Tag Archives: LGBT and Jewish

A Talk With My Partner, and Shavuot

My partner had expressed interest in Judaism after the Seder we went to, but for him that faded, while for me it’s grown stronger. Instead, he’s renewed his interest in neopaganism and appears to be following that path as eagerly as I’m following the Judaic one. So I’ve kind of been on eggshells the last few weeks about a number of things, including my conversion and how it will affect him when he’s not going to convert as well. Today, we had a long talk – one of those ones you have every three or four years – and hashed it all out.

Although I’m not going to share the other things we talked about, because they’re not relevant, he told me, “Honey, I think that your conversion is wonderful. You’re so much happier now that you’re not hating G-d. I think this is totally the right thing for you to be doing, and I support you in it.”

He probably won’t come to most services with me, but he’s even fine with a mezuzah on the doorpost of our apartment, me saying the brachot at meals, and having Shabbat here on Friday nights. He and I are going to go shopping tomorrow to see if we can find a replacement for the broken candlestick so that I’ll have two again by the time Shavuot rolls around. (On a more pragmatic note, he also approves of my grain-free challah and hopes I make it more than once a week; I’ve ordered grain-free flour mix for that purpose and I still need to get more xantham gum.)

He works the swing shift on both days of Shavuot, so I will go to services one of the two days, probably on Wednesday morning. I’ll bake challah on Tuesday morning so I can bring a loaf of it with me to services for the Tikkun L’eil Shavuot, and I’ll attend services on either Wednesday or Thursday morning as well.

I’m trying to find dairy-heavy dishes to make for the first day of Shavuot, and I think I’ve found enough: potato kugel, cauliflower gratin, an egg-and-cheese frittata, and some hard cheeses just as they are (which tend to spike my blood sugar a lot less than dairy-with dishes, of course). I’ll leave cookie-making to those who know how to make them, however, so there won’t be rugelach or sweet kreplach on the table on Wednesday night, even though I’ve found gluten-free versions of the recipes – they intimidate me! Thursday I was planning a beef stew anyway, so the idea of “dairy on the first night and meat on the second” works out fine.

I’m just relieved that he and I had that talk. It’s going to be much less stressful now, going through my practices without thinking that he’s annoyed by them. There’s more than one way for a partner to be supportive when you convert, even if he doesn’t share your beliefs. He’s doing that, and I’m very, very lucky to have him.

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Ch-ch-ch-changes… and an appeal to my readers.

24 Iyyar 5774

So my partner told me today that he’s a little worried about my conversion changing me or making me want to leave him.

It’s a normal fear, I suppose. I just don’t quite know how to address it. And this isn’t the usual fear that converts face: my partner and I are queer. That does make it different, because there’s so few resources out there for people like us.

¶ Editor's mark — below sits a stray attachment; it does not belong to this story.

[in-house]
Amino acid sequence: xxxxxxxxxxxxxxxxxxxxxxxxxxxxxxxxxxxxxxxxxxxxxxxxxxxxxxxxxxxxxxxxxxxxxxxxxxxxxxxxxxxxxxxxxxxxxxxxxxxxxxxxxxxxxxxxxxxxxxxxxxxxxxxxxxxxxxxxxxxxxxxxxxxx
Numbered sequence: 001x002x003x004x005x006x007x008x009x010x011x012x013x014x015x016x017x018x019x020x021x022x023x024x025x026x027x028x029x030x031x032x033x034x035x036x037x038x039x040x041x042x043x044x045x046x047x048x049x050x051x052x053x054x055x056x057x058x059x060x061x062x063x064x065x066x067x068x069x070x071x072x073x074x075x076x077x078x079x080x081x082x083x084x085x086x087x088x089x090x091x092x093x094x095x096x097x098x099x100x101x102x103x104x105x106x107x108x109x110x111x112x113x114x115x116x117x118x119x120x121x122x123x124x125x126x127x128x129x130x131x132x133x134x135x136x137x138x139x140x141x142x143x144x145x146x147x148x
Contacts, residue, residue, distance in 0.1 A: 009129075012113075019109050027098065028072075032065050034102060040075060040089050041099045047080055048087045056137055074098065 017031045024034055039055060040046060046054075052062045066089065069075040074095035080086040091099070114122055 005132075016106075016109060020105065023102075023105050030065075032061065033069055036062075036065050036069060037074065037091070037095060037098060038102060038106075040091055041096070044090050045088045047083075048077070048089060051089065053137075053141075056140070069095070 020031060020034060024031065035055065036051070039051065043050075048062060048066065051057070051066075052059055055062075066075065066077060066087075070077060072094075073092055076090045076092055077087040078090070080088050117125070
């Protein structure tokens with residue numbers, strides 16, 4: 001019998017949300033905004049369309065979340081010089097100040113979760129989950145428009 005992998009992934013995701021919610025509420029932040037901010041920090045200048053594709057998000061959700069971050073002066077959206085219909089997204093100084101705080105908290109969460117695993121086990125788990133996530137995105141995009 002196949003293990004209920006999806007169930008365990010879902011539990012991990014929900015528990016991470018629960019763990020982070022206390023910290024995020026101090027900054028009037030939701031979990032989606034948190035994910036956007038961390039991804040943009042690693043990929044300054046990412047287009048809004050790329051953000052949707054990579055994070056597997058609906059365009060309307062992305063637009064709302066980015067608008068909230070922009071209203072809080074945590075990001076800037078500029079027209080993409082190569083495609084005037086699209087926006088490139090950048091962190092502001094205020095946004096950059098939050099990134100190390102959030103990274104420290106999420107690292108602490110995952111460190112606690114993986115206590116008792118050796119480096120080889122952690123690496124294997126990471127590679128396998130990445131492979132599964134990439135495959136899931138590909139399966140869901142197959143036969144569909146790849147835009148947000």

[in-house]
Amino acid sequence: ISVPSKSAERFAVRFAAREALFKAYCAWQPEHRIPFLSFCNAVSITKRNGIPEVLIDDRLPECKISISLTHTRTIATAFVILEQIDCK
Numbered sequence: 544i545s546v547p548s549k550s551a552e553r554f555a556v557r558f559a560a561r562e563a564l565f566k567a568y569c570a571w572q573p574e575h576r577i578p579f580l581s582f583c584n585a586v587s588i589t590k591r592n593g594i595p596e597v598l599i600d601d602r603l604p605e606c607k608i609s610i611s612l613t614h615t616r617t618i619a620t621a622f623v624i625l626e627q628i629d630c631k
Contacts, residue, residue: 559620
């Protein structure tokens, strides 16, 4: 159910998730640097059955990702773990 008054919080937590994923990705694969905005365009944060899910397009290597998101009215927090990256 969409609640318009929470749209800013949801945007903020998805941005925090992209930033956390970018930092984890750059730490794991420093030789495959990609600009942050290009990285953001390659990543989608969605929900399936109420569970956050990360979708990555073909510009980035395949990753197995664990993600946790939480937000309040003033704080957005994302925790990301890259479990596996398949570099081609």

Now, I can’t imagine a future where I would leave him, for any reason. From my conversations with the people at the local temple yesterday, I don’t think that they would make him uncomfortable, or me either, just for being GLBT or for being an interfaith couple. When I brought it up last night, the rabbinical student said, “You will not be the first ones here.”

He was also worried that I was going to start keeping kosher, but I reassured him that that’s not going to happen, because of my own current dietary restrictions. But I can see his point. I will be praying a lot more than I have been, which up until I decided that conversion was right for me, was zero times per day.  I’ll be wearing a kippah most of the time, so it will change how I look. And those are mostly just surface changes.

Frankly, I think that he will enjoy some of the other changes – like the fact that I won’t feel the need to talk religious people down (although I still reserve the right to call certain religious people out on their bad behavior, but that’s a different thing). I’m already calmer than I was, and I think I’m happier. And I think he sees that. He’s already said he thinks this is a positive change for me.

I’m sure that part of his worry is: what will me being Jewish do to our sex life? And I’ve been wrestling with that in my own time, with a few trusted correspondents. Let me put it this way: I’m not going to let it damage our sex life.

But I think most of what he’s worried about is just the changes he can’t predict. The unknowns. And I can understand that.

So, since there are so few resources out there for queer people in this situation, I could use some help from my readership. Is there anything that you can think of that might make him really uncomfortable, that I can address now, to make it less scary? Any ways in which I can help him so that he doesn’t feel so threatened? Any heads-ups I should be giving him now?

And, while I’m at it: does anyone have any advice for me? I don’t mean just about my partner’s worries, but about my own coming out process as I begin to tell friends and family members what I’ve chosen to do. Really, I think one of the things that is stressing me out the most is that so few people that I care about know that I am moving towards conversion to a religious path, after being so vehemently atheist for so many years. When I came out as queer, there was one friend who was very dear to me that completely rejected me and never spoke to me again. That still hurts, and it’s been 14 years since it happened. And just in the last week, reading Facebook and another blog site that I’m part of, I see my atheist friends running down religious people simply because they’re religious, making really nasty and hurtful comments, and just generally being as intolerant as fundamentalist religionists are of anyone who isn’t exactly like them.

It took me over 20 years to understand that I can’t measure spirituality using the same tool as I used and still do use for the material world. I can’t expect my atheist friends to make the same shift as I have.

But it occurs to me I should probably document why I have.